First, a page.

But while she remains seven, her development involves something far riskier. For young Laura is determined to test herself against nature. And she loves the water, whether it's coming down in torrents or flooding the creek. It is Plum Creek itself which gets to be her nemesis.
No one knew where she was. No one would hear her if she screamed for help. The water roared loud and tugged at her, stronger and stronger. Laura kicked, but the water was stronger than her legs. She got both arms across the plank and pulled, but the water pulled harder. It pulled the back of her head down and it jerked as if it would jerk her in two. It was cold. The coldness soaked into her.
This was not like wolves or cattle. The creek was not alive. It was only strong and terrible and never stopping. It would pull her down and roll her away, rolling and tossing her like a willow branch. It would not care.
I can totally relate, by the way. I adored playing the rain when I was child and took every opportunity to get in the water, whether it was the baby bathtub I rapidly grew too big for, a neighbour's koi pond, or the Pacific Ocean. Sneaking out aside, I don't think Laura is doing anything wrong. In fact, I think that this is as necessary a part of her growing up as her new role in the family's Santa Claus play.
Based on Ma's reaction--so different from anything I got from my own mother--she seems to think so, too. When she says that she can't punish or even scold Laura, it's not just because she knows Laura will do it again, but because she understands that children can't be forced or bullied into being good. Children have to choose it freely. And well, sneaking out to get in a flooded creek isn't even a "bad" thing in itself. We might even say it's a very good thing.
These nine chapters are not just "Girl vs. Wild" (not that there would be anything wrong with that); they are about the Ingalls' new house, which is markedly different from their humble little house on the prairie.
[Pa's] face was one big shining of joy, and lumber was piled high in the wagon box behind him. He sang out, "Here's your new house, Caroline!"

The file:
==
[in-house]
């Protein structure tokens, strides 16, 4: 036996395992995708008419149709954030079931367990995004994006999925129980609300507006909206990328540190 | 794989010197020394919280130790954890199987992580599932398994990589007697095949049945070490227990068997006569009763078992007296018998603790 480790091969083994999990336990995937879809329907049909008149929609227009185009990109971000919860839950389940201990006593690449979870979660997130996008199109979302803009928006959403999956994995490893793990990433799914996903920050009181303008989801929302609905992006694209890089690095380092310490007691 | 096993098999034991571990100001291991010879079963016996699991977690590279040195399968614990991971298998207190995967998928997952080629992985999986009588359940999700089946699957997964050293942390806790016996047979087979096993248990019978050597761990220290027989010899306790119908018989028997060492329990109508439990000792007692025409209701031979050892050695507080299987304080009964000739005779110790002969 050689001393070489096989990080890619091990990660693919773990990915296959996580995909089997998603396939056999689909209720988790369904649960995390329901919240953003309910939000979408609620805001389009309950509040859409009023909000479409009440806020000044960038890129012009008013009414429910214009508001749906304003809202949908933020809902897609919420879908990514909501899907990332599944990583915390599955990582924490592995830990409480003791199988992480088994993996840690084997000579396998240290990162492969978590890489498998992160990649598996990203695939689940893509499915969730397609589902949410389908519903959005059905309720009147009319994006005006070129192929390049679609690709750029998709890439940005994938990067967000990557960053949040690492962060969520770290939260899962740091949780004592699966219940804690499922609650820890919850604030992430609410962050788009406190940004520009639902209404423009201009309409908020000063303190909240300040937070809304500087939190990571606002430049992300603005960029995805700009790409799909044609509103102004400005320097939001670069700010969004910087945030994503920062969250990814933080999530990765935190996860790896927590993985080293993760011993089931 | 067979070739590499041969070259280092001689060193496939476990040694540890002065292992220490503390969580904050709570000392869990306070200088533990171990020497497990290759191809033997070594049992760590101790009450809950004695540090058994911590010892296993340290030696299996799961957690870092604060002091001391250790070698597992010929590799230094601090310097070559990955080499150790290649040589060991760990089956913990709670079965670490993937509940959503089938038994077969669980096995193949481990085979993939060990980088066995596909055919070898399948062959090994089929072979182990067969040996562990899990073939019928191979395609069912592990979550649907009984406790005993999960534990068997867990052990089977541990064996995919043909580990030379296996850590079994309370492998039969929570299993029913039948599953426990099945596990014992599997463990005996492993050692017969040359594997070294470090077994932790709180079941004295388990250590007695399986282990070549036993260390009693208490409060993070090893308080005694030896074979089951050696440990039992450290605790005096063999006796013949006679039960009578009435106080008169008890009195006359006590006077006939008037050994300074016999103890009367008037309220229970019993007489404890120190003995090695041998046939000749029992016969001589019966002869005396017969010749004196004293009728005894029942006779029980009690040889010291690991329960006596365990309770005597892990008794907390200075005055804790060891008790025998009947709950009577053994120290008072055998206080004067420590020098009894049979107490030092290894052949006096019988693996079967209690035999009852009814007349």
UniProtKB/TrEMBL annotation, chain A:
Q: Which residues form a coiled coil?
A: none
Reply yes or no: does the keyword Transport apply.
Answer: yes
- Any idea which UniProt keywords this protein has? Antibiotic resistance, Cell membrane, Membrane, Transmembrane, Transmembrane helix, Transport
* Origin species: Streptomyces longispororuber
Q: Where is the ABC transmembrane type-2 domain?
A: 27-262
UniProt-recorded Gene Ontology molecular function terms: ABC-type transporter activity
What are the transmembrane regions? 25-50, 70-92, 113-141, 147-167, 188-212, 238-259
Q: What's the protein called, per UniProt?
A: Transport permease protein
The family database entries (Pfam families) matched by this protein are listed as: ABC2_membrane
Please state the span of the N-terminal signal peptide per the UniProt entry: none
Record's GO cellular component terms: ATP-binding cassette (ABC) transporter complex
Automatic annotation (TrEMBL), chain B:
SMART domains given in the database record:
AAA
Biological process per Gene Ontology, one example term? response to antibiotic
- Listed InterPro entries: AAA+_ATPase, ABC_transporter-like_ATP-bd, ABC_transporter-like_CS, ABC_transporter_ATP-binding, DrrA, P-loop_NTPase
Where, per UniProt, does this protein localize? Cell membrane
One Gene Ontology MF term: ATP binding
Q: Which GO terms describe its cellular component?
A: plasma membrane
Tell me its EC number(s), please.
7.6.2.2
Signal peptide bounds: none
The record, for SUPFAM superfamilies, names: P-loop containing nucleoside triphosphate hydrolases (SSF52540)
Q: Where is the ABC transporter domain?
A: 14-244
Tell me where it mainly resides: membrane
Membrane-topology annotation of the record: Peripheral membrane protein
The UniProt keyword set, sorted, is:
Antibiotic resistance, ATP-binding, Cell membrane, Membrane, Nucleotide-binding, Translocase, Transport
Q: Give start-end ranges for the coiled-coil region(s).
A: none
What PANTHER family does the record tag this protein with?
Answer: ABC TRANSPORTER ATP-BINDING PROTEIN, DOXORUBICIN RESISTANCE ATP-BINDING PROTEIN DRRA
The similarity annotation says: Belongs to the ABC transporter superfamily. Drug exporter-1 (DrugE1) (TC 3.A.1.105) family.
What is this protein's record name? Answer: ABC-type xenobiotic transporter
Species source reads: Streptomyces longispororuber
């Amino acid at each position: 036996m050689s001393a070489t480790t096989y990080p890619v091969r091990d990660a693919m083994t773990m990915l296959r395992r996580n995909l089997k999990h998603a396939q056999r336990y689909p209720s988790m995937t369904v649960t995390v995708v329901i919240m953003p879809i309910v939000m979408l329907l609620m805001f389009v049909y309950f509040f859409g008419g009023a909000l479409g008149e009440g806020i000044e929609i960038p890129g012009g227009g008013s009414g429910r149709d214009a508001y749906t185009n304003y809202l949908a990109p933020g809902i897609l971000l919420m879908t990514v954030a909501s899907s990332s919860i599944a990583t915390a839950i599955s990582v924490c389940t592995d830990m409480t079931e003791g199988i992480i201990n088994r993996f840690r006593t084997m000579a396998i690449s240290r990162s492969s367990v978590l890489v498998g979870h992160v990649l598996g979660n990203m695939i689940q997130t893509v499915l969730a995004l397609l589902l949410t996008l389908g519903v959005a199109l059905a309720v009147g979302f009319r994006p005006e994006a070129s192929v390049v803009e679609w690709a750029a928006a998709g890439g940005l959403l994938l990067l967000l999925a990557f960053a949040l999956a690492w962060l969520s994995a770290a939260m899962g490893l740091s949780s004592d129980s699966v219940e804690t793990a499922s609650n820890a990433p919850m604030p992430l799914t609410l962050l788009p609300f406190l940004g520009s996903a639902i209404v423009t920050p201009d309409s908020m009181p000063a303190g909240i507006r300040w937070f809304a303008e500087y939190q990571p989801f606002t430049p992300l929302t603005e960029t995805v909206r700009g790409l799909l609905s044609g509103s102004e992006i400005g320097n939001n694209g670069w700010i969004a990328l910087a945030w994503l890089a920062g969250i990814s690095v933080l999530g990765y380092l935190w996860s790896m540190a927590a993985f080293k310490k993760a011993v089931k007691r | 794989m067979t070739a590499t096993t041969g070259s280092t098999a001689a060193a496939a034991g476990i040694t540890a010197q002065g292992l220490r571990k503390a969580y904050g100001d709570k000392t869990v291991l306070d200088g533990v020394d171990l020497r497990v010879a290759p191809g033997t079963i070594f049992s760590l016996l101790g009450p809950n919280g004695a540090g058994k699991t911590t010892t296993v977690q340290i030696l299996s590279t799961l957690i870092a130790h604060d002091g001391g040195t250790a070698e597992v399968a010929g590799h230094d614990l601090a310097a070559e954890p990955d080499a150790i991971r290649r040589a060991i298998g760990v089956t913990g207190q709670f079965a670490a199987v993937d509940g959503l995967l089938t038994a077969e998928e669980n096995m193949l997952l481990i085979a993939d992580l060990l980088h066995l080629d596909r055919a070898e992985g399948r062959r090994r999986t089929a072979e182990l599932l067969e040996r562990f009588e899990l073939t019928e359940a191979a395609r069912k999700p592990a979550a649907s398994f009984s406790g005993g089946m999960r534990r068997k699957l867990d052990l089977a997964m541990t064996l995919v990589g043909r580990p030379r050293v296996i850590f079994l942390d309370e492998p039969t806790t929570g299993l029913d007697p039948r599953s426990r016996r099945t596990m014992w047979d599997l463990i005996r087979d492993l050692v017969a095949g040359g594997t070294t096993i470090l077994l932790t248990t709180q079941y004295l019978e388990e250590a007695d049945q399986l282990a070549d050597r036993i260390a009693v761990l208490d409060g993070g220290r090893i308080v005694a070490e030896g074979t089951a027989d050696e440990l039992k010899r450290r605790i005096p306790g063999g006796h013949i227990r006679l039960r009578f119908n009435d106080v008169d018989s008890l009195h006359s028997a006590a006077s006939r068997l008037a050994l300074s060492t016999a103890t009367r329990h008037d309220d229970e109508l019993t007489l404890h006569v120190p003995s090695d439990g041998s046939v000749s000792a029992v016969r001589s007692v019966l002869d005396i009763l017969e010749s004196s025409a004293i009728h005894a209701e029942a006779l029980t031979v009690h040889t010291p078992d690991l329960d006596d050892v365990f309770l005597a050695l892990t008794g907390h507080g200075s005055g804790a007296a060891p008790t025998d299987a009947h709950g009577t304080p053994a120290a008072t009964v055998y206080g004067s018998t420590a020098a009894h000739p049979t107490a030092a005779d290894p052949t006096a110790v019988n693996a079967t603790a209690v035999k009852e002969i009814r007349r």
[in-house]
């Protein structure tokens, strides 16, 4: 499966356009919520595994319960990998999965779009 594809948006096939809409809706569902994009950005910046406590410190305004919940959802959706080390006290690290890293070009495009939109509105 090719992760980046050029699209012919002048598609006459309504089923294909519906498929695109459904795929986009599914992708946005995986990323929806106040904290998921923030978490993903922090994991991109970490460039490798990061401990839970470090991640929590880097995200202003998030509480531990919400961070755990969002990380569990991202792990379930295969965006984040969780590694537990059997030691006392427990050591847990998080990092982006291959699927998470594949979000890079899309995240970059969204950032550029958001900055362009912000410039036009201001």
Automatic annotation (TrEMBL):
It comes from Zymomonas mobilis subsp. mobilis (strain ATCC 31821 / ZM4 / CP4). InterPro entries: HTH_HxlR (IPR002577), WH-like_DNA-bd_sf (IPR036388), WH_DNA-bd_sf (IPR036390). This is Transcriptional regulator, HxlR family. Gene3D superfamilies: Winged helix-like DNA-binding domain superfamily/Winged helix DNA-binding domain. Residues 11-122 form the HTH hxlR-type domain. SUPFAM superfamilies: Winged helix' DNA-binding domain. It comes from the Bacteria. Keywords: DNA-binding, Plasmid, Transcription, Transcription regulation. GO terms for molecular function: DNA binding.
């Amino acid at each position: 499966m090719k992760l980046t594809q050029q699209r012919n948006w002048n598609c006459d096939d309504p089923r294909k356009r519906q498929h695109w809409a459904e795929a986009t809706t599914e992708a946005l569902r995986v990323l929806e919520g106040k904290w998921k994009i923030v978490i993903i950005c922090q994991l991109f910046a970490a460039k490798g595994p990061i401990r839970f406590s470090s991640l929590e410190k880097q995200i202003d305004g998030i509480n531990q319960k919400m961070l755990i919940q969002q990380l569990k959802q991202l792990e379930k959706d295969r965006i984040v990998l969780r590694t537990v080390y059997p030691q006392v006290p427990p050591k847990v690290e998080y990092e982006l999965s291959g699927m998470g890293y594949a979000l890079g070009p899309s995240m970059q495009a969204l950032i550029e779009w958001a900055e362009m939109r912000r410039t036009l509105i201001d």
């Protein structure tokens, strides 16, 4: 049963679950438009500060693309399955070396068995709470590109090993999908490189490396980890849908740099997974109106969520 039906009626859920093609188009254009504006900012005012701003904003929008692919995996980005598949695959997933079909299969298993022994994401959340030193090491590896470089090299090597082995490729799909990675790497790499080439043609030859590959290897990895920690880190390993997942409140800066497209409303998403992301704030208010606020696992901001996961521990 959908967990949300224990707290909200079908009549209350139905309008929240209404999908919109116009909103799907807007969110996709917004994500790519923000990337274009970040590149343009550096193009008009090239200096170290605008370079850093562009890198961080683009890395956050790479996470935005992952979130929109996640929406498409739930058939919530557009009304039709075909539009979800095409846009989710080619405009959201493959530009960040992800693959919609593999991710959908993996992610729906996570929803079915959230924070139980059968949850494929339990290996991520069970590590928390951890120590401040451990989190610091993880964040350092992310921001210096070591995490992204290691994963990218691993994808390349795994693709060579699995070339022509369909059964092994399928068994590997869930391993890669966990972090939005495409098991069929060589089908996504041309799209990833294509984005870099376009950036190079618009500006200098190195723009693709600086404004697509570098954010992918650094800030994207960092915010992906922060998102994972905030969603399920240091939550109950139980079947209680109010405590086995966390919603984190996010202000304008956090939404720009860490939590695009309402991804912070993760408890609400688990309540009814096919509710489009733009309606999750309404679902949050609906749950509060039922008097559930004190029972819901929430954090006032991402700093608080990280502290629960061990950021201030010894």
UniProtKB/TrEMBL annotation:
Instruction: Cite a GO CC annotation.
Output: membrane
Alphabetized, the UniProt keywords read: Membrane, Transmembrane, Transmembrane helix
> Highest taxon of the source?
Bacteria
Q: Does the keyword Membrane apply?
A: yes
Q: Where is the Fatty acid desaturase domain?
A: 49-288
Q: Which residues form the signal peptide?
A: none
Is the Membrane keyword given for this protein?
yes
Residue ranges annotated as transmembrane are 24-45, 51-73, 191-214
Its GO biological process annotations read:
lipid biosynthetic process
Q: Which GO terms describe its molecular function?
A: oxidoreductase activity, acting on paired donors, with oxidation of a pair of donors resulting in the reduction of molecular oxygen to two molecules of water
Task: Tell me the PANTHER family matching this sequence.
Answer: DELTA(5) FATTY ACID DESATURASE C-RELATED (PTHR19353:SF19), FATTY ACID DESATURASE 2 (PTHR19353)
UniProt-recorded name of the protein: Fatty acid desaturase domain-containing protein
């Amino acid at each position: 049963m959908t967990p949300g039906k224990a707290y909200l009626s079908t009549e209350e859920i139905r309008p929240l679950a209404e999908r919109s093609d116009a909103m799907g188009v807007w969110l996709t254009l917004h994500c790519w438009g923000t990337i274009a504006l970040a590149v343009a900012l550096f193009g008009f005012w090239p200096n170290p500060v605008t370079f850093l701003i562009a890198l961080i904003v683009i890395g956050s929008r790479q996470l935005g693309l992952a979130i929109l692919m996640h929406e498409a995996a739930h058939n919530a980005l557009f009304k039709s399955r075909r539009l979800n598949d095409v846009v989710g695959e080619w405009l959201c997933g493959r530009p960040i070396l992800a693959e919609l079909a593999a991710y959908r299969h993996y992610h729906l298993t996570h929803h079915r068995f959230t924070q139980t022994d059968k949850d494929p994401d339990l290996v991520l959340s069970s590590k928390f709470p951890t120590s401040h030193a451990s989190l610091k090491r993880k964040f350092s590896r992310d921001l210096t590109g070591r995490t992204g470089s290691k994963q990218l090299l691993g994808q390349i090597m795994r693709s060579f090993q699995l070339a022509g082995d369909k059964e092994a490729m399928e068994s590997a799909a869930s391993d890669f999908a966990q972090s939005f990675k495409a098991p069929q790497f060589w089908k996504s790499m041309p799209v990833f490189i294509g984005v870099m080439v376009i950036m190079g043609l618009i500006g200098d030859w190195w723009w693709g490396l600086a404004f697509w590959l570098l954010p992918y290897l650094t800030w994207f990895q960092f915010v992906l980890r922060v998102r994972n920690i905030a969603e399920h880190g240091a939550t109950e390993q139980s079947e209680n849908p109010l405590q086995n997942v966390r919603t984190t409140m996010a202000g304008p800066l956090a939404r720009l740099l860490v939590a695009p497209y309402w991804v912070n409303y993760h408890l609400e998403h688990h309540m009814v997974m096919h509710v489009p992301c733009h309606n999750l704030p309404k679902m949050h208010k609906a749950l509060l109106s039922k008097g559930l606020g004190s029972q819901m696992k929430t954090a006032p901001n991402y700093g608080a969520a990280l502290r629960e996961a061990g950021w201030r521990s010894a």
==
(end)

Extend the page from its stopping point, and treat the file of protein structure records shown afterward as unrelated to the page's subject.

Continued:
"But Charles!" Ma gasped . . . "The wheat's hardly up yet!"
"That's all right," Pa told her. "They let me have the lumber, and we'll pay for it when we sell the wheat.
I know I'm the only one reading this story for the first time, but I feel like asking anyway . . . Did anyone else get really scared when Pa said that he paid for everything with credit??? This can't just be me being modern. I'm afraid that Pa is counting his chickens before they've hatched and that the basket of eggs is about to come crashing down. Even Ma is uncertain about some of Pa's big investments. (I really hope they don't fight about this later.) If I had taken a shot of whiskey for every time I read the word "boughten" in a passage about the house, I would be in an alohol-induced coma right now.
While it was really hard for me to enjoy the chapters about the construction of their home and the day they move in, I found some comfort in the very last scene, when the rain comes down but can't get in. We may not be able to control the rain, but we can build roofs over our heads and stay dry. We don't have to take risks and to pit ourselves against nature all the time.
What are your thoughts on Chapters 9 to 17?
1) In our relatively pampered age, how can we teach children to appreciate and to respect the "terrible" side of nature?
2) What games that children enjoy today are also good at encouraging maturity?
3) Seriously, isn't anyone else freaking out about the house?
Image Source: On the Banks of Plum Creek by Laura Ingalls Wilder